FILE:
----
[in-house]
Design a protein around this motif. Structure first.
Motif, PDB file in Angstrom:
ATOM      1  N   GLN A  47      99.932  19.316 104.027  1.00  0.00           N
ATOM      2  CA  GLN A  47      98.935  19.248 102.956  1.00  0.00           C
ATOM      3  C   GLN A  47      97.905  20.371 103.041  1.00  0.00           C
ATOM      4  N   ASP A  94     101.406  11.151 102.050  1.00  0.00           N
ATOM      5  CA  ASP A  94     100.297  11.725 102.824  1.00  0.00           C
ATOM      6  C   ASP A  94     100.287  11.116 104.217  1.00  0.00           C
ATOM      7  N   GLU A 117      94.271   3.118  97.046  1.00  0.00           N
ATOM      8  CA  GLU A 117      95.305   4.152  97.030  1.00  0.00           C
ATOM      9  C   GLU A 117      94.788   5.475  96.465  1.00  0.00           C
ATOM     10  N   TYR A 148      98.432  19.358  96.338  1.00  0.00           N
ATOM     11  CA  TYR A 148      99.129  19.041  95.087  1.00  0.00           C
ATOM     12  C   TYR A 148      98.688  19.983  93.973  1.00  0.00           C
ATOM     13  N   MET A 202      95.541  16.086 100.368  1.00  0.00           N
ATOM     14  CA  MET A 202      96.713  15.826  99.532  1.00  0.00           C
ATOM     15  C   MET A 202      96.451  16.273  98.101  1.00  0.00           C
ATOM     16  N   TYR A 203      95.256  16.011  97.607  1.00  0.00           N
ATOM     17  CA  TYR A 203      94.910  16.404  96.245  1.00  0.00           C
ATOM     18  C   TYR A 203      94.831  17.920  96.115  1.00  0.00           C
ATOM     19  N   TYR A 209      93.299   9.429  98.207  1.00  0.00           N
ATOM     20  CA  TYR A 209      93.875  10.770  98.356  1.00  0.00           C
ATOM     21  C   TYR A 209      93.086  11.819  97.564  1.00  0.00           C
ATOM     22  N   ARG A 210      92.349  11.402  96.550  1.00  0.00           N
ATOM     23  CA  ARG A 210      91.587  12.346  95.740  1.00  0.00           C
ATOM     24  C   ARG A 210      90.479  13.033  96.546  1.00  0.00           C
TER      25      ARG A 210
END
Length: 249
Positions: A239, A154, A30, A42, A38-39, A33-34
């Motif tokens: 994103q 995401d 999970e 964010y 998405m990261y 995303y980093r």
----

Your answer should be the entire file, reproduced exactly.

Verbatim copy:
[in-house]
Design a protein around this motif. Structure first.
Motif, PDB file in Angstrom:
ATOM      1  N   GLN A  47      99.932  19.316 104.027  1.00  0.00           N
ATOM      2  CA  GLN A  47      98.935  19.248 102.956  1.00  0.00           C
ATOM      3  C   GLN A  47      97.905  20.371 103.041  1.00  0.00           C
ATOM      4  N   ASP A  94     101.406  11.151 102.050  1.00  0.00           N
ATOM      5  CA  ASP A  94     100.297  11.725 102.824  1.00  0.00           C
ATOM      6  C   ASP A  94     100.287  11.116 104.217  1.00  0.00           C
ATOM      7  N   GLU A 117      94.271   3.118  97.046  1.00  0.00           N
ATOM      8  CA  GLU A 117      95.305   4.152  97.030  1.00  0.00           C
ATOM      9  C   GLU A 117      94.788   5.475  96.465  1.00  0.00           C
ATOM     10  N   TYR A 148      98.432  19.358  96.338  1.00  0.00           N
ATOM     11  CA  TYR A 148      99.129  19.041  95.087  1.00  0.00           C
ATOM     12  C   TYR A 148      98.688  19.983  93.973  1.00  0.00           C
ATOM     13  N   MET A 202      95.541  16.086 100.368  1.00  0.00           N
ATOM     14  CA  MET A 202      96.713  15.826  99.532  1.00  0.00           C
ATOM     15  C   MET A 202      96.451  16.273  98.101  1.00  0.00           C
ATOM     16  N   TYR A 203      95.256  16.011  97.607  1.00  0.00           N
ATOM     17  CA  TYR A 203      94.910  16.404  96.245  1.00  0.00           C
ATOM     18  C   TYR A 203      94.831  17.920  96.115  1.00  0.00           C
ATOM     19  N   TYR A 209      93.299   9.429  98.207  1.00  0.00           N
ATOM     20  CA  TYR A 209      93.875  10.770  98.356  1.00  0.00           C
ATOM     21  C   TYR A 209      93.086  11.819  97.564  1.00  0.00           C
ATOM     22  N   ARG A 210      92.349  11.402  96.550  1.00  0.00           N
ATOM     23  CA  ARG A 210      91.587  12.346  95.740  1.00  0.00           C
ATOM     24  C   ARG A 210      90.479  13.033  96.546  1.00  0.00           C
TER      25      ARG A 210
END
Length: 249
Positions: A239, A154, A30, A42, A38-39, A33-34
């Motif tokens: 994103q 995401d 999970e 964010y 998405m990261y 995303y980093r």